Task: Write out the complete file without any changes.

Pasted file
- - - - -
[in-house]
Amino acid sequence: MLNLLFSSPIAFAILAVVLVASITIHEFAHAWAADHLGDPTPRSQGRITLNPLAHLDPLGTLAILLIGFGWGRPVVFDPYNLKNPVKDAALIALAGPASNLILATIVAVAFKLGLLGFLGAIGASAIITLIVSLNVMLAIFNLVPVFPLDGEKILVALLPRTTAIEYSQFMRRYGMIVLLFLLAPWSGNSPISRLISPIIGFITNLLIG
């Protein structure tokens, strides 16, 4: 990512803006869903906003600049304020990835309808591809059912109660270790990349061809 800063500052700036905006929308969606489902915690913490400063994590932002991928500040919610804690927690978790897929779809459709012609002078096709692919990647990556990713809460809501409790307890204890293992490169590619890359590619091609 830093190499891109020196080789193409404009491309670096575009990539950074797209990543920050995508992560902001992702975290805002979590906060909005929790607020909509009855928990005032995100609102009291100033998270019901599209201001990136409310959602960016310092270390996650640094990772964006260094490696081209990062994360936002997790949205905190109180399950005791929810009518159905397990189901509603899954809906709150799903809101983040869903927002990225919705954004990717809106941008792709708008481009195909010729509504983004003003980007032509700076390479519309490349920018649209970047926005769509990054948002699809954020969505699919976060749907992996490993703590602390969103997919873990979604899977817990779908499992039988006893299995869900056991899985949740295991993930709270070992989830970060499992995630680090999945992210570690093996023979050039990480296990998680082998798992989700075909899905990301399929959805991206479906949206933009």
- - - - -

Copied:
[in-house]
Amino acid sequence: MLNLLFSSPIAFAILAVVLVASITIHEFAHAWAADHLGDPTPRSQGRITLNPLAHLDPLGTLAILLIGFGWGRPVVFDPYNLKNPVKDAALIALAGPASNLILATIVAVAFKLGLLGFLGAIGASAIITLIVSLNVMLAIFNLVPVFPLDGEKILVALLPRTTAIEYSQFMRRYGMIVLLFLLAPWSGNSPISRLISPIIGFITNLLIG
């Protein structure tokens, strides 16, 4: 990512803006869903906003600049304020990835309808591809059912109660270790990349061809 800063500052700036905006929308969606489902915690913490400063994590932002991928500040919610804690927690978790897929779809459709012609002078096709692919990647990556990713809460809501409790307890204890293992490169590619890359590619091609 830093190499891109020196080789193409404009491309670096575009990539950074797209990543920050995508992560902001992702975290805002979590906060909005929790607020909509009855928990005032995100609102009291100033998270019901599209201001990136409310959602960016310092270390996650640094990772964006260094490696081209990062994360936002997790949205905190109180399950005791929810009518159905397990189901509603899954809906709150799903809101983040869903927002990225919705954004990717809106941008792709708008481009195909010729509504983004003003980007032509700076390479519309490349920018649209970047926005769509990054948002699809954020969505699919976060749907992996490993703590602390969103997919873990979604899977817990779908499992039988006893299995869900056991899985949740295991993930709270070992989830970060499992995630680090999945992210570690093996023979050039990480296990998680082998798992989700075909899905990301399929959805991206479906949206933009």